a clockwork reaction

two words: infectious violence

milk-plus mesto

A Clockwork Orange is Burgess’s philosophical exposition into crime and punishment. It is the story of Alex, a vicious man-child deep in the throws of a menacing solipsism.

Badness is of the self…what I do I do because I like to do. p.33

Like his choice of drink, ‘milk with knives in it’, Alex is a potent mix of unchecked impulses and brute force. His appetite for ultra-violence, bashings or rape depending on the victim’s gender, is voracious.

the in-out-in-out for girls...

...and tolchocks for boys

Eventually, his brand of violence graduates to murder, after which he is apprehended. While in custody he encounters a barrage of sophisticated, sustained and sanctioned annihilation previously unknown to him. It involves deep hypnosis and its intent is to obscure volition. “Violence makes violence,” p.57, but this brand is beyond young Alex.

(A lurking ethical dilemma stirs…)

alex is brutalized...

He is so utterly violated in his two-week ‘treatment’ and in subsequent poetic confrontations that he jumps from a  high rise within a day of his release.

(The dilemma materializes: Is Alex’s cure worse than his crime? My gut reaction: I hate the little shit, so who cares.)

I’m disgusted to learn Alex has not perished from the fall, but is hospitalized where a sycophantic team of medics reverses his ‘treatment’, after which he receives a personal apology from the Minister. All vestige of ‘punishment’ removed, he is free to wreak havoc once more, which he does.

By now, I’m furious, which ironically facilitates insight on the destructive impulse: As with any lynching, violence is infectious, inherently human and latent. Does this mean we all at some level qualify for reconditioning?

...before a real dose of violence.

Thankfully, the novel isn’t over and the dènouement offers redemption, to all of us. I agree with Burgess in Resucked. Without his arithmological 21st chapter a terrible sacrifice is made for sensationalism. Without Burgess’s ending, Alex indefinitely wages an untouchable war with britva (knife) and pan-handle (erection). The castration is entirely of the novel. But with the 21st chapter, Alex self-castrates and compulsively joins the ranks of procreating grown-ups. The castration is entirely of the character, the way it has to be, or the novel is as arbitrary and pointless (well, not entirely) as Alex’s violence.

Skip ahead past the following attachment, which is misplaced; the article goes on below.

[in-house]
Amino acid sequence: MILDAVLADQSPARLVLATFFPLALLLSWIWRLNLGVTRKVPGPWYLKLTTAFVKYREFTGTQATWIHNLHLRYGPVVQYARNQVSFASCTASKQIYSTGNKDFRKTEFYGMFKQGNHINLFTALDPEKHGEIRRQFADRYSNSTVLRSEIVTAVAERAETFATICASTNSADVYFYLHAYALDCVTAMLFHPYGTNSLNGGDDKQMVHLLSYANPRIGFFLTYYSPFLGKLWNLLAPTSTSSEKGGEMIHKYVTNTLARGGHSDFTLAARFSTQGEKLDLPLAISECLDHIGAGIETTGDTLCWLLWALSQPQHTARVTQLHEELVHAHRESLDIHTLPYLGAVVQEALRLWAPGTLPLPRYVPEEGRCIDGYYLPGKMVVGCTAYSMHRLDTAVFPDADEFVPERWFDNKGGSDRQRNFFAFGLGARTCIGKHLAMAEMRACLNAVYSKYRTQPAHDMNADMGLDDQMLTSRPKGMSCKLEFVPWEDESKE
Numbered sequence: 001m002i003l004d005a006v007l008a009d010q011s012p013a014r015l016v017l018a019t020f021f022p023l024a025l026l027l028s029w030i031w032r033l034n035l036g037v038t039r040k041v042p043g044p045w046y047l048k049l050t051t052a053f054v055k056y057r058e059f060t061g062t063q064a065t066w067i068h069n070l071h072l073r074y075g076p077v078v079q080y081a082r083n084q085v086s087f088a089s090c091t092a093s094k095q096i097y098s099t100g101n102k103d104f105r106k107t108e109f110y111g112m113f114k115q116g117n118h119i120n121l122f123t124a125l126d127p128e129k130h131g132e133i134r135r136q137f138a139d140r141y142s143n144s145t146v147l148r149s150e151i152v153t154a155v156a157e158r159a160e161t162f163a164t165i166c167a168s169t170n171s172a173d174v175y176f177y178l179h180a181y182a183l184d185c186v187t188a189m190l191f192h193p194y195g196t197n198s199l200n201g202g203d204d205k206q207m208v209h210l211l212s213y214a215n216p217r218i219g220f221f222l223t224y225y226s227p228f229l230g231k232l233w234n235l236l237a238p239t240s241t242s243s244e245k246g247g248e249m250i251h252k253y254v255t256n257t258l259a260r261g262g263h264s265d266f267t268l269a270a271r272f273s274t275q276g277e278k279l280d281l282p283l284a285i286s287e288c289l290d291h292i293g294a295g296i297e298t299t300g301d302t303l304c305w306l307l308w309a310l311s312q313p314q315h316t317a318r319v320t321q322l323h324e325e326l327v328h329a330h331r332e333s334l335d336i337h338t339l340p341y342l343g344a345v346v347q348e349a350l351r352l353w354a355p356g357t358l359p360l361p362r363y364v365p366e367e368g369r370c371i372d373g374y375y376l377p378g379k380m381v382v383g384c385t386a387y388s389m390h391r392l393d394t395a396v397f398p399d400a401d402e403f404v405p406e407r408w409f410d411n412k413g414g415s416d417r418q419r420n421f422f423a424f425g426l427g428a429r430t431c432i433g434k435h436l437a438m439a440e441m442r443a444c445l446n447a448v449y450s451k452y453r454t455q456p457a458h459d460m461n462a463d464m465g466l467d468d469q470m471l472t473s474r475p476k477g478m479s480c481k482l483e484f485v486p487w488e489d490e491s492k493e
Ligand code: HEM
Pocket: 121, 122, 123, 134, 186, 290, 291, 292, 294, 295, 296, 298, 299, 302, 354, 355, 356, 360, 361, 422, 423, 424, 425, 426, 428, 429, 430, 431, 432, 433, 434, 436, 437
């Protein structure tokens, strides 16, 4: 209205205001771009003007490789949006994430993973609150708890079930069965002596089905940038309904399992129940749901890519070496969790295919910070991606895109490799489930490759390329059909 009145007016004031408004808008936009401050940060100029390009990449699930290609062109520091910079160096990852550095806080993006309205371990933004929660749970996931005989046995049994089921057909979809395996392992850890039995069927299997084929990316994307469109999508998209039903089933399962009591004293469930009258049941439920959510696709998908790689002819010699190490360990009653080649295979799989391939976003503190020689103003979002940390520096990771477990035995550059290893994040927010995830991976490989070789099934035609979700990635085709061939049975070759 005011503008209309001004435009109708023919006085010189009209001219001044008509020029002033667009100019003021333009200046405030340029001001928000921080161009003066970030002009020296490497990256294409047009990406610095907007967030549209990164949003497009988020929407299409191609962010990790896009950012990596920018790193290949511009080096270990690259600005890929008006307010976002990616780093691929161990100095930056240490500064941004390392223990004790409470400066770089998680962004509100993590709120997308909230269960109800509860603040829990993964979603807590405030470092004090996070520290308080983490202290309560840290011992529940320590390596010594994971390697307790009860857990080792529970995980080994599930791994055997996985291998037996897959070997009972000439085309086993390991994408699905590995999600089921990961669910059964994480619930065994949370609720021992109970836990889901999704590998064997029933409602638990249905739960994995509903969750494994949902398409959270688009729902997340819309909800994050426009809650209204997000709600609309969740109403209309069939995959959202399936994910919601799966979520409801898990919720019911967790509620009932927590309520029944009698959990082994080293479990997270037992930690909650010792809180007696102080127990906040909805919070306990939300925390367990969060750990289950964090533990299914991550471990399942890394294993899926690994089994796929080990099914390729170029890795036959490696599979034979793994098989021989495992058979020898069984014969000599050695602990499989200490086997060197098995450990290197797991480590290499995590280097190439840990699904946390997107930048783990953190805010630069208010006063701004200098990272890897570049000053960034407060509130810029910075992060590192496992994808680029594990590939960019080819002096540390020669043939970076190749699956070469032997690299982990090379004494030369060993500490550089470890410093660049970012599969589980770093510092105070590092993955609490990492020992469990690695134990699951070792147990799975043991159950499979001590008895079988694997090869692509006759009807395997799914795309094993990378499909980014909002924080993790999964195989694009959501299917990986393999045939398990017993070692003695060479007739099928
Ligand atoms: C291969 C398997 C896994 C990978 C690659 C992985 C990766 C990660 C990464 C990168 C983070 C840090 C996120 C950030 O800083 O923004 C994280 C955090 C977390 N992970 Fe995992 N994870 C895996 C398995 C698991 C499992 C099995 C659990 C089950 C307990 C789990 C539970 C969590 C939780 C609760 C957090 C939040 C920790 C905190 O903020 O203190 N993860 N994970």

A Clockwork Orange is confronting, which is precisely where its appeal lies. While the linguistic maze of Burgess’s idiolect is intriguing, it is the visceral reaction to his ethical question that has left me speechless. A ferocious thirst for blood quenched, I am left to contemplate my eager acceptance of invasive ‘treatment’ as punishment and the startling similarities between A Clockwork Orange, easily in my top ten, and 1984, a novel I despise.

Two other things deserve special mention: One is Kubrick’s movie. The stills are compelling and I highly anticipate seeing the adaptation. The other is Alex’s/Burgess’s own soundtrack. His fictional concerto on p.29 is the most beautiful depiction of music I’ve ever read.

ode to joy-ludwig van beethoven
firestarter-the prodigy

nostradamus or chicken little?

two words: depressing as


1984 is the chilling de-fabled sequel to Animal Farm.